The Huge Price of failing Kyoto’s commitments. The case of Spain

  • 6 November, 2013

Many people think that the fact of signing and ratifying multilateral protocols regarding Climate is a mere declaration of interest with no further obligations. Some other think that it is just a formal occasion that serve world leaders for the glory of those appearing in the “family portraits” of every summit. However, this is very far from reality. These agreements are binding commitments with strong ramifications in many different areas and in economic matters particularly.

The case of Spain is a clear example. Recently, the European Environment Agency (EEA) has published the degree of compliance of the EU members with respect to their commitments to reduce greenhouse gases (Kyoto Protocol and subsequent agreements).

Spain is located in the tail group of the European Union with countries like Austria, Liechtenstein and Luxembourg. And that is an  expensive place to be, very expensive .

Unable to achieve their objectives through a stable policies to foster energy efficiency and renewable energies , Spain has had to hit the market repeatedly since 2008 to acquire CO2 emission rights . And that has a high price. Specifically 800 million Euros since 2008.

And that having a lot of luck given that Spain was greatly benefited (by chance) by the fact that the impact of the crisis on industrial activity moderated the growth of the gap and led to a drastic drop in the price of carbon rights. On one hand, the depressed industrial production contracted emissions of greenhouse gases, thus preventing the gap between what Spain should issue and its actual emissions from rising up. On the other hand the industrial production slowdown depressed the price of emission rights leading member states and their companies to a sudden excess of allowances that could be taken to market (not few companies have survived the crisis by trading this excess of allowances, by the way) .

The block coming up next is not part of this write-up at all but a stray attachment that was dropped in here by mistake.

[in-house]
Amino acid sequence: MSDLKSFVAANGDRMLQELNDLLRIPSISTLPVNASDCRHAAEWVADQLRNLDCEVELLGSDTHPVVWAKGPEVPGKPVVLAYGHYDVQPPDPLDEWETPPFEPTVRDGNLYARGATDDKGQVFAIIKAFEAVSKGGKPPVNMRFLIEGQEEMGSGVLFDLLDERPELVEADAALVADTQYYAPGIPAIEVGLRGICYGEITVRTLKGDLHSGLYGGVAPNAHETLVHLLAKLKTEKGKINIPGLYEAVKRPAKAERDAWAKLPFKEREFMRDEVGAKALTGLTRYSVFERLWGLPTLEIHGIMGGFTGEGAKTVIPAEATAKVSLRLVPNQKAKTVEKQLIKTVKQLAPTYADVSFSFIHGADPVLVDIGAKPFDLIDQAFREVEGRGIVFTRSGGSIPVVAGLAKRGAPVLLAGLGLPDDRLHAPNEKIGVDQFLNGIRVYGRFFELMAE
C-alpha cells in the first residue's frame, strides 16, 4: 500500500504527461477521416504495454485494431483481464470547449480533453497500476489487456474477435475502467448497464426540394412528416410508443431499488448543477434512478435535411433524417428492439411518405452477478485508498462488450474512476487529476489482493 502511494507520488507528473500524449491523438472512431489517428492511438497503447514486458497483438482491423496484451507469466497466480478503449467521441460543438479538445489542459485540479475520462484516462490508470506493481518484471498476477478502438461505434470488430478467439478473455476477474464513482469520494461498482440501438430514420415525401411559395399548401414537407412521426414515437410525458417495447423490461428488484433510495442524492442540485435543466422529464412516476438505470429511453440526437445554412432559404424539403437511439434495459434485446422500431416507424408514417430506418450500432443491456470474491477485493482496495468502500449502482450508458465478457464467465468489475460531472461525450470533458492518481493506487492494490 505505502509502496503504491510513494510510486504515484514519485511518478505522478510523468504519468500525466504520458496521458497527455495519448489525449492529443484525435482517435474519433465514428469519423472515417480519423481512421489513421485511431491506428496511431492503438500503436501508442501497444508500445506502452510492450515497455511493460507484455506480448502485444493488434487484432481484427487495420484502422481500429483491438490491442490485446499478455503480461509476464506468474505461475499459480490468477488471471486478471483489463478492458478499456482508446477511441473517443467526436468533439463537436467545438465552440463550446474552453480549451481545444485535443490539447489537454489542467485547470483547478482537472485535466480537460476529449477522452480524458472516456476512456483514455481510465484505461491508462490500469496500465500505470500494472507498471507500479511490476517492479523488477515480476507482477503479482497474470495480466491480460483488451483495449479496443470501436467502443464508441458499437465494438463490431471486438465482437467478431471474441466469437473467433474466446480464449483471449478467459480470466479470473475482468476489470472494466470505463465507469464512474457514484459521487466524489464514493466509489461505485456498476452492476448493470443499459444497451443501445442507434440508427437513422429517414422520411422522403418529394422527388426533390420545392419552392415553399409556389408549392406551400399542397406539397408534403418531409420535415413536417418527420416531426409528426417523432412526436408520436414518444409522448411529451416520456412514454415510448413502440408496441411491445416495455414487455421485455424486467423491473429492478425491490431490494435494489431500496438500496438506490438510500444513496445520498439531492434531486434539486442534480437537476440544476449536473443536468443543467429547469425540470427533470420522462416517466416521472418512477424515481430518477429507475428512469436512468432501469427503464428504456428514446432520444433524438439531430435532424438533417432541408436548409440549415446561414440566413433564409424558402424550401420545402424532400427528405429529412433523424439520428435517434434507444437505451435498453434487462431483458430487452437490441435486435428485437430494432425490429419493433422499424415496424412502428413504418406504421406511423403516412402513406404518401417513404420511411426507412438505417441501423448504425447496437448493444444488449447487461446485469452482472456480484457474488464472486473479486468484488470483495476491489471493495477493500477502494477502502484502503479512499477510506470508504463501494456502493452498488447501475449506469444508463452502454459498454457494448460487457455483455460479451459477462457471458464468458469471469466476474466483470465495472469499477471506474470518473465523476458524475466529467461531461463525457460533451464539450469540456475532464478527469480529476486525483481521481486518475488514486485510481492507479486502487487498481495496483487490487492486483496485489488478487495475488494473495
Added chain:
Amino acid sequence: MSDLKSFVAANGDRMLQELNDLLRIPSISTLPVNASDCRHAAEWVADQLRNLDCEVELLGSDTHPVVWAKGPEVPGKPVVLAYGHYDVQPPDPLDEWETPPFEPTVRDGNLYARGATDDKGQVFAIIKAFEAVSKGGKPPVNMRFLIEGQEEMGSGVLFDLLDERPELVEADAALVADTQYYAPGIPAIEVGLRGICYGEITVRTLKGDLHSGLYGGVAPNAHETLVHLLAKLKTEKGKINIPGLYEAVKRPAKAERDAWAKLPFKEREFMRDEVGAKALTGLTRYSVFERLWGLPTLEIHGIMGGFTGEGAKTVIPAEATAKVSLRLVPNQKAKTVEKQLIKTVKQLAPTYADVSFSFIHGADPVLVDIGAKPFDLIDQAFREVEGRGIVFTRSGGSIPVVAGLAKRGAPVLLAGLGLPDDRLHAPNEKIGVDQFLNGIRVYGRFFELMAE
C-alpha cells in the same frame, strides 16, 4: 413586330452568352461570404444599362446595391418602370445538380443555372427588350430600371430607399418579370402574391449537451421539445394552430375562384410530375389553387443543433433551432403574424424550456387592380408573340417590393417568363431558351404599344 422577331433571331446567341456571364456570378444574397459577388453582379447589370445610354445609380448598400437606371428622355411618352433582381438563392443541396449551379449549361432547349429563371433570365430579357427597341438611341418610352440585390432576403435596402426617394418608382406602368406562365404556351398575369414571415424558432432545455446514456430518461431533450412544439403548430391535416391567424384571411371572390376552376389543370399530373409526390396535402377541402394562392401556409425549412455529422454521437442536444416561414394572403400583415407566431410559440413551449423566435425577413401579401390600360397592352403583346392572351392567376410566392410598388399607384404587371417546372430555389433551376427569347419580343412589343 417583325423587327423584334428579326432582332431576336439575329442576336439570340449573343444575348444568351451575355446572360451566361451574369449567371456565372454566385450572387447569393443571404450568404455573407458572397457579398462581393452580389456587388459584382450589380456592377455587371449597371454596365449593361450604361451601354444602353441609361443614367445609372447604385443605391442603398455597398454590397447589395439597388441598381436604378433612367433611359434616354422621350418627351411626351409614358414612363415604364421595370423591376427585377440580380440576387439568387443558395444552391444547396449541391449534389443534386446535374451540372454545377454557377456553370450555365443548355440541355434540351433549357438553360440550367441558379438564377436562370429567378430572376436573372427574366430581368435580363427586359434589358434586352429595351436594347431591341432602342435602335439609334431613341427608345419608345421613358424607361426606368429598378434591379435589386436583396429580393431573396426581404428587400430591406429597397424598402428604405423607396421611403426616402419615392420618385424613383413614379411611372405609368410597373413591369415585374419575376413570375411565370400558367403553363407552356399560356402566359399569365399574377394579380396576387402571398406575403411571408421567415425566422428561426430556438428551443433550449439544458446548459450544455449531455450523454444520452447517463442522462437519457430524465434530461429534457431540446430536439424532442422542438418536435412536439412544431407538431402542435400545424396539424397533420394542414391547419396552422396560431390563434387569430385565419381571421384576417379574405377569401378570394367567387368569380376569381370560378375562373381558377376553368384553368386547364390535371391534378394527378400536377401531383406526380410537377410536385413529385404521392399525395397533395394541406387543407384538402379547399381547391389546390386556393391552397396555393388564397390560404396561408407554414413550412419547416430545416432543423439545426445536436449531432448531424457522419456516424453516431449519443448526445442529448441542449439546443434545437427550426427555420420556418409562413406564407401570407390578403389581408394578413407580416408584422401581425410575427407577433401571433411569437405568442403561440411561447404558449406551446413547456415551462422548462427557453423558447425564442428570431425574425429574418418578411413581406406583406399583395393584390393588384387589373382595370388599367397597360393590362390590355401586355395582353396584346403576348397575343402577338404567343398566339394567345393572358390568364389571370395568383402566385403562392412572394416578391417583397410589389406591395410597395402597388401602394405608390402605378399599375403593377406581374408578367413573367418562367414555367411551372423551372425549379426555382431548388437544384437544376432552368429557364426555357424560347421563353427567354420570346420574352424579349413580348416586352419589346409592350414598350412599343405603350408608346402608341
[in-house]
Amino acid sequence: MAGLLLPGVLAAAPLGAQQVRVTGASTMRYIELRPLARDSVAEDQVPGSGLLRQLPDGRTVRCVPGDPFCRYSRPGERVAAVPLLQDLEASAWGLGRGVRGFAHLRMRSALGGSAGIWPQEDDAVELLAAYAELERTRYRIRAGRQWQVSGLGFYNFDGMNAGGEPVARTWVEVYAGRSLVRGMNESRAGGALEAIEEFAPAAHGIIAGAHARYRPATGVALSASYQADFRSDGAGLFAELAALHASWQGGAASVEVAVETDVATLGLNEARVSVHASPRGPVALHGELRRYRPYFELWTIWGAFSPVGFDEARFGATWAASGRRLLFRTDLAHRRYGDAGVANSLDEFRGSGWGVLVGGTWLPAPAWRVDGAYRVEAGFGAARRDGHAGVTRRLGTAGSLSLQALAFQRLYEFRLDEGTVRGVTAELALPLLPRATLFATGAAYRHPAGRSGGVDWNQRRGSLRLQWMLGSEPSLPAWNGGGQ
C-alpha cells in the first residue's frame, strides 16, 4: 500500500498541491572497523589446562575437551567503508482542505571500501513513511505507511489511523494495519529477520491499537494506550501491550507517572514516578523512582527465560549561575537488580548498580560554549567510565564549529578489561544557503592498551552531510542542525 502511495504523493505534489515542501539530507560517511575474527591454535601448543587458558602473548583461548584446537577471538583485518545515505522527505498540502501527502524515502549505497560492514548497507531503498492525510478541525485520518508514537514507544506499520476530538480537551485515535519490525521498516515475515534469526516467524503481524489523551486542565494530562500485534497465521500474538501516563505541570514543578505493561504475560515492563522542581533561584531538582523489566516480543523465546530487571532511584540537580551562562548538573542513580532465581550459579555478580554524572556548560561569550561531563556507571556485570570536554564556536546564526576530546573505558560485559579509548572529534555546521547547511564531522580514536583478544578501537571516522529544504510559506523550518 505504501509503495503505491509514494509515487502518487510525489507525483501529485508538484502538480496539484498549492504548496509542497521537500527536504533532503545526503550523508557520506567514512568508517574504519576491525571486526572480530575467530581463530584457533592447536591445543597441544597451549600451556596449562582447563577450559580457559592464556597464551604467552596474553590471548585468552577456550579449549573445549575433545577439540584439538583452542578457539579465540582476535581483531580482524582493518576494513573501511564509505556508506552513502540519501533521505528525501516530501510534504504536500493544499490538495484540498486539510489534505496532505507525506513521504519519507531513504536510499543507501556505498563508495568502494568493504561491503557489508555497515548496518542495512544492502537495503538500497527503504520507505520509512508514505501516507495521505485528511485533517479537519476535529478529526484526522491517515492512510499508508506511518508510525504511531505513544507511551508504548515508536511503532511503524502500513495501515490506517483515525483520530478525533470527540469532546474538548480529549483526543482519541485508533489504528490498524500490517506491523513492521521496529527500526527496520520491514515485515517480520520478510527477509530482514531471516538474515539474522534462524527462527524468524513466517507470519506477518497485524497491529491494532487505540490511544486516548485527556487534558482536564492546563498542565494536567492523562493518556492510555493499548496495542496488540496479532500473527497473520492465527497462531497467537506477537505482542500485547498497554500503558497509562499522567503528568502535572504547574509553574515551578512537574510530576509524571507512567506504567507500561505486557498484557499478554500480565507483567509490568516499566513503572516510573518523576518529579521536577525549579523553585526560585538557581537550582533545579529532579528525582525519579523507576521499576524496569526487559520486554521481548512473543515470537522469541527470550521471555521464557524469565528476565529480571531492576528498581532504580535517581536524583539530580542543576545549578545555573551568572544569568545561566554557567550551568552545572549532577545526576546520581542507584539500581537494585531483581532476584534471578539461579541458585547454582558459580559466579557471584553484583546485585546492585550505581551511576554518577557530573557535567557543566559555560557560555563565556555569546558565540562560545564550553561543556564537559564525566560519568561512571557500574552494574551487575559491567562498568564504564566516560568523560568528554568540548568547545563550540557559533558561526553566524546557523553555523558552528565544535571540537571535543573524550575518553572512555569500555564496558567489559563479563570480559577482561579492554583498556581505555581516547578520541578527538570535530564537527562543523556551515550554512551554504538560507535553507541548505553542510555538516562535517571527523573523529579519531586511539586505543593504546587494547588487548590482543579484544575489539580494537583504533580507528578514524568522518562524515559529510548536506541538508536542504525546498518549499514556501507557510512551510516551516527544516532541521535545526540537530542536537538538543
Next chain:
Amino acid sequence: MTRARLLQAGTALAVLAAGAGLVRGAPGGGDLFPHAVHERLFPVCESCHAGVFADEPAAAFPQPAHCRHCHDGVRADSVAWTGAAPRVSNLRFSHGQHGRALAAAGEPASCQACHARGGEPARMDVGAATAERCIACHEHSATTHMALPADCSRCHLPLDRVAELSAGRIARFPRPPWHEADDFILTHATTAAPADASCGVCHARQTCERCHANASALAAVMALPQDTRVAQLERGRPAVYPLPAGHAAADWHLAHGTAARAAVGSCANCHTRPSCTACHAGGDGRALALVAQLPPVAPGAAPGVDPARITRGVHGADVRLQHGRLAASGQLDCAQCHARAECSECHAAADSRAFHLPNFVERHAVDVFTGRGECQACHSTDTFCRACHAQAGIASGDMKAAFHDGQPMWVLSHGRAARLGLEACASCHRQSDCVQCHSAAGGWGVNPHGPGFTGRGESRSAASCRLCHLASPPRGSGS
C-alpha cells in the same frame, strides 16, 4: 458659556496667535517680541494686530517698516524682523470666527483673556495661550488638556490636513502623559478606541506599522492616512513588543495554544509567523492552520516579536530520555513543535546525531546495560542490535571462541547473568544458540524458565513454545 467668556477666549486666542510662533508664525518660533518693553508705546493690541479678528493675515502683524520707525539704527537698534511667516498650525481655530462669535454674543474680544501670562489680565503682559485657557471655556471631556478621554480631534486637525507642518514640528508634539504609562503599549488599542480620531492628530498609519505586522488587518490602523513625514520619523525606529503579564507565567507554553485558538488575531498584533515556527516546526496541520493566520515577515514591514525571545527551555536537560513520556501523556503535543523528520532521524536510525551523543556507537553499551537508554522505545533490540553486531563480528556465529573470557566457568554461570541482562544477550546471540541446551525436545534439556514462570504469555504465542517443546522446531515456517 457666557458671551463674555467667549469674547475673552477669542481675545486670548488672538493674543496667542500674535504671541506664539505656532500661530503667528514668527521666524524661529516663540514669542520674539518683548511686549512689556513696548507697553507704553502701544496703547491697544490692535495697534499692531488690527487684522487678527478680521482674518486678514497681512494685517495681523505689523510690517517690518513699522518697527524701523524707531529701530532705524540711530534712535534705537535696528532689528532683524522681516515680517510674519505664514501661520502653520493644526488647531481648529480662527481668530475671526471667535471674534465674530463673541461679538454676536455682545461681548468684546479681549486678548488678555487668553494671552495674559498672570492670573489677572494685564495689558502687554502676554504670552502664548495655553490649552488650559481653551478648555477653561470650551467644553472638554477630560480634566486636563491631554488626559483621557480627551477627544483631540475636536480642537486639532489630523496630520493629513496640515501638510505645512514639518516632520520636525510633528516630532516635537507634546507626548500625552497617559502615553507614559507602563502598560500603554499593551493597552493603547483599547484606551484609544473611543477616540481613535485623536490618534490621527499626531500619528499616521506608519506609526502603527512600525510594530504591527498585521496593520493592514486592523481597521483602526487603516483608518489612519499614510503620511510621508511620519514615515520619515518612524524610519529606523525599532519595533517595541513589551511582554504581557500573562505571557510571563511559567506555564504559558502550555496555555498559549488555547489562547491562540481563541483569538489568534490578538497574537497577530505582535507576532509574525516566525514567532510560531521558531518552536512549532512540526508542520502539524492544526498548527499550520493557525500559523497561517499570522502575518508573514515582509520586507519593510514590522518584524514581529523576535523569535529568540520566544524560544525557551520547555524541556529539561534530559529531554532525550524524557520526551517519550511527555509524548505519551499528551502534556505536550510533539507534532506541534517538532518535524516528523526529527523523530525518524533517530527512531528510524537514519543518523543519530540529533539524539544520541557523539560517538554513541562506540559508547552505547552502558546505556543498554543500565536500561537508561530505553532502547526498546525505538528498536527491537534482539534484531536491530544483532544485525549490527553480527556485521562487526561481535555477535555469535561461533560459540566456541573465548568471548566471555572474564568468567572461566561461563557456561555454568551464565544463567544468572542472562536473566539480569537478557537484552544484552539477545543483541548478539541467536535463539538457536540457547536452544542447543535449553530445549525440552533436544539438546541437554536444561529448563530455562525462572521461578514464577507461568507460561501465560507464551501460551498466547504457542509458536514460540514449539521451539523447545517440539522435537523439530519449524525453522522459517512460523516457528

In a nutshelle, by chance, it was cheap for Spain to go and find in the market the carbon rights to compensate for its lack of commitment with Kyoto, but it could have been a complete disaster with a cost of billions Euros. Just one piece of information, from 2008 to 2012 the price of carbon credits in the market collapsed from operations valued at 5 € per tonne to less than 1 € . In fact, the Spanish Office of Climate Change announced last year the acquisition of number of allowances equal to a hundred million tons to Poland at a price close to 1 €.

An clear example of improvisation and lack of strategy in a vital sector such is the energy sector.

By the way, what’s the reason why the utilities lobby does not talk about this? Ironic, right?

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